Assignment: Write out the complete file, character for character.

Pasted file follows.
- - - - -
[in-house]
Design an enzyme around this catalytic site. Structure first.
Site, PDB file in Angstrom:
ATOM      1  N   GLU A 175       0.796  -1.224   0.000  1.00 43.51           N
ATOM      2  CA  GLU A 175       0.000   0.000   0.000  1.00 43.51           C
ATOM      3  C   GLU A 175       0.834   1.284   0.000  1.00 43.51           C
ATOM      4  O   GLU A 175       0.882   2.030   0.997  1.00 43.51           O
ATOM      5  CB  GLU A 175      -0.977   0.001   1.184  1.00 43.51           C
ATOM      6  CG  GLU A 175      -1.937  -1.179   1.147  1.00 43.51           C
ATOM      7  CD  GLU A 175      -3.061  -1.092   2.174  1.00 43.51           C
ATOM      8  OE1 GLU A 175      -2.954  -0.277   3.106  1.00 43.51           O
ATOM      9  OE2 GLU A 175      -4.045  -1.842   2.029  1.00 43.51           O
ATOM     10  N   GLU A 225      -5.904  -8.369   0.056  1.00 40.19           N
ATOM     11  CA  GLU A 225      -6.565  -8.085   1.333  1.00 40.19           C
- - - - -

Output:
[in-house]
Design an enzyme around this catalytic site. Structure first.
Site, PDB file in Angstrom:
ATOM      1  N   GLU A 175       0.796  -1.224   0.000  1.00 43.51           N
ATOM      2  CA  GLU A 175       0.000   0.000   0.000  1.00 43.51           C
ATOM      3  C   GLU A 175       0.834   1.284   0.000  1.00 43.51           C
ATOM      4  O   GLU A 175       0.882   2.030   0.997  1.00 43.51           O
ATOM      5  CB  GLU A 175      -0.977   0.001   1.184  1.00 43.51           C
ATOM      6  CG  GLU A 175      -1.937  -1.179   1.147  1.00 43.51           C
ATOM      7  CD  GLU A 175      -3.061  -1.092   2.174  1.00 43.51           C
ATOM      8  OE1 GLU A 175      -2.954  -0.277   3.106  1.00 43.51           O
ATOM      9  OE2 GLU A 175      -4.045  -1.842   2.029  1.00 43.51           O
ATOM     10  N   GLU A 225      -5.904  -8.369   0.056  1.00 40.19           N
ATOM     11  CA  GLU A 225      -6.565  -8.085   1.333  1.00 40.19           C